Family and Caregiver Schizophrenia Discussion Forum

Happiness from my son's perspective

So often we grieve the loss of the children we knew. We worry their life with schizophrenia will be lonely and unproductive. We live through violence, destruction, medication refusal, walking on edge shells and thinking how can life with schizophrenia be meaningful or happy?

I want to share my son’s perspective to give you hope. Today was one of the happiest days of my son’s life. I dropped his dog off to live with him. He smiled and felt pride like I have not seen in years.

In reality he lives in a halfway house due to drug addiction along with his schizoaffective disorder. He has relapsed and went to inpatient rehab 3 times in 2020. He worked 5 different day labor type jobs. He has no real friends, just guys he lives with and attends meeting with. His dog is only going to stay with him on weekends,

His perspective: he no longer lives with his parents, he likes his job hanging sheetrock, his dog does not care what his state of mind is and loves him unconditionally. He feels accomplished and proud.

If anyone asked me when he was born if I would celebrate him living at a halfway house, barely finishing high school, never going to college, doing day labor and 90 days sober. I would view that as a nightmare, but after this journey I celebrate this milestone with him with pride!


Thanks for sharing an awesome perspective that all of us should either embrace now or soon.

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I agree that the signs are looking up. It’s really great that he is learning a trade and likes what he does.


Thanks @Elsa, your post brought tears to my eyes.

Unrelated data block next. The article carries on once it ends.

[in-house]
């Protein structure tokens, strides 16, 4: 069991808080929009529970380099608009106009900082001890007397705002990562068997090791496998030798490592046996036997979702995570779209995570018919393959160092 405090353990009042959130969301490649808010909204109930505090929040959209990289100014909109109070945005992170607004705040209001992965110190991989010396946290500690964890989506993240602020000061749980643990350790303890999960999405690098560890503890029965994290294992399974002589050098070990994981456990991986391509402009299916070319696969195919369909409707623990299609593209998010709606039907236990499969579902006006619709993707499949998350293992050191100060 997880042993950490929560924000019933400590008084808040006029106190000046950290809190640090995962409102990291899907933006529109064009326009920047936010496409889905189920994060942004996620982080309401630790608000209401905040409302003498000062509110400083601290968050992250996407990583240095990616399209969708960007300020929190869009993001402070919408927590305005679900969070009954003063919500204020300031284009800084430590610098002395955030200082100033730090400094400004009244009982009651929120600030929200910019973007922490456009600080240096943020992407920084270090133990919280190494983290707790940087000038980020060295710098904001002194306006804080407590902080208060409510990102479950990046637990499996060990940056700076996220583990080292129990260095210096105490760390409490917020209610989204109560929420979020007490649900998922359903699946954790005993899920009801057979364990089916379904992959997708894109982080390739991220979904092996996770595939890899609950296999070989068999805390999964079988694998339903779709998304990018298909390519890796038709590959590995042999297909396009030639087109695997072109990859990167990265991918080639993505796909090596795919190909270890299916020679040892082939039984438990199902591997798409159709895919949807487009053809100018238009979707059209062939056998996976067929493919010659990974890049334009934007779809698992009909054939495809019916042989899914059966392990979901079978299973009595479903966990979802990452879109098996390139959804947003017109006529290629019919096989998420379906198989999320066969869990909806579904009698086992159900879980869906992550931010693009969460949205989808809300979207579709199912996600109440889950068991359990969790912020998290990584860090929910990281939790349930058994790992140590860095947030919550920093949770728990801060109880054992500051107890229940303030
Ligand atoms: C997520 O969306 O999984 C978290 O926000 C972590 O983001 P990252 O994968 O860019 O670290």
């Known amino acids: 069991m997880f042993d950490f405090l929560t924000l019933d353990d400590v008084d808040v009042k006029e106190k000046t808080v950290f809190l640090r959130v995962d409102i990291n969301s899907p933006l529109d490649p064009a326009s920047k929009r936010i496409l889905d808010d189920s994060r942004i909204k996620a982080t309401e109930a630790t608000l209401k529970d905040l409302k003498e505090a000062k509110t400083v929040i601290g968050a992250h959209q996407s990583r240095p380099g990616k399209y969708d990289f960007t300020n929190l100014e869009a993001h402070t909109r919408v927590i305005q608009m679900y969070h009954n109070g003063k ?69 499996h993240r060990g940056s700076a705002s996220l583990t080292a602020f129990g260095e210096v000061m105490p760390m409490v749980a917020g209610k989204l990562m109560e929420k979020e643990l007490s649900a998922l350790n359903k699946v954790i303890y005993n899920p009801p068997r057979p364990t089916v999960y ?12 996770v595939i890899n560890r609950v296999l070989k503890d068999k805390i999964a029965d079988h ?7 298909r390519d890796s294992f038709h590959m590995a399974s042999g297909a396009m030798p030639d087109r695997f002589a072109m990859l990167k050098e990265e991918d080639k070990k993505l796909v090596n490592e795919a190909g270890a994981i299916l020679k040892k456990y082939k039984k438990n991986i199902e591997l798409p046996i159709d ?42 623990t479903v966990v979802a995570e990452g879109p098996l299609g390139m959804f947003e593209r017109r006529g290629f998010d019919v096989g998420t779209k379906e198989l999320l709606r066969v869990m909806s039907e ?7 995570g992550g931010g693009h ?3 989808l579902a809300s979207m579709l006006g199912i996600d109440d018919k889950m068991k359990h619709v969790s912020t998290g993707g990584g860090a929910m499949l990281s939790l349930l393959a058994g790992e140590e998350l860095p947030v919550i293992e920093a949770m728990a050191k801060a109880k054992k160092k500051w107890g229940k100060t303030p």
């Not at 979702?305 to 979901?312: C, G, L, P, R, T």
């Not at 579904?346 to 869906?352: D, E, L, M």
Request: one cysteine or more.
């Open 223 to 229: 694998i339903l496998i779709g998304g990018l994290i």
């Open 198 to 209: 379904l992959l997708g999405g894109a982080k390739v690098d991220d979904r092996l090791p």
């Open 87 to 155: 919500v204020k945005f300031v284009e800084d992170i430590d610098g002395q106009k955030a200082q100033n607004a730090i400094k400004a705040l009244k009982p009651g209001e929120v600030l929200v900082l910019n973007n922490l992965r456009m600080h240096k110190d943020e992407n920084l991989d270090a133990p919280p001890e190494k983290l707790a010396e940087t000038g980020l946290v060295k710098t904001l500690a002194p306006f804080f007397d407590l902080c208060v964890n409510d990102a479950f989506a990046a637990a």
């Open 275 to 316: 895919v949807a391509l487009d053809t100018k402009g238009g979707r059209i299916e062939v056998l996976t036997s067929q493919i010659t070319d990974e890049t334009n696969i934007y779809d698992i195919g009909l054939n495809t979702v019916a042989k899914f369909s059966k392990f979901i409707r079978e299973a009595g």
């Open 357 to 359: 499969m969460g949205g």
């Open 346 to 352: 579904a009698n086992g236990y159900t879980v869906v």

I have come to a similar place with my son. At first I grieved the loss of what could have been but three years’ in have come to a place where I am so proud of him (and I tell him so). He is living independently, studying and trying to live his best life without medication. Although I may not agree with the no-meds choice I can accept that this is his choice and continue to let him know that I am here if he needs me.
He has SZ, didn’t ask for it, it isn’t his fault, and he’s doing his best to live a productive life with it. I can’t ask for more than that.


I’m sharing your delight at his success. If he’s happy then you are. Part of getting real about these illnesses is confronting our own judgemental attitudes and letting them go.


This is beautiful, Elsa. Thank you for sharing!


I concur that animals are a top contributor to the happiness of people with mental illness. I presently live with five animals, but I longed to have a cat during my recovery, but didn’t have pets for many years living on my own. It can be very difficult as a renter to find housing that allows pets, but it can be hugely beneficial. The DX forum has many threads featuring pictures of pets.

It’s much easier once you own your own home, and I eventually branched out to adopt both dogs and cats. My brother has a cat that he dotes on and antropormorphizes. It’s led to odd times where he brings his cat to inappropriate places like churches, beaches and mountaintops, but on the whole it’s been good for him. Be aware you’ll need to plan for contingencies like caring for animals during hospitalizations and rehab.

We are going through this now with my brother, as we nearly had him agree to enter rehab, but care for his cat is an obstacle. My sister recently played me a voicemail where he declared that his cat was plotting to kill him, so maybe that may make it easier to convince him he needs a break for his protection :wink:.


Thank you for sharing. :purple_heart: Perspective. It’s everything.

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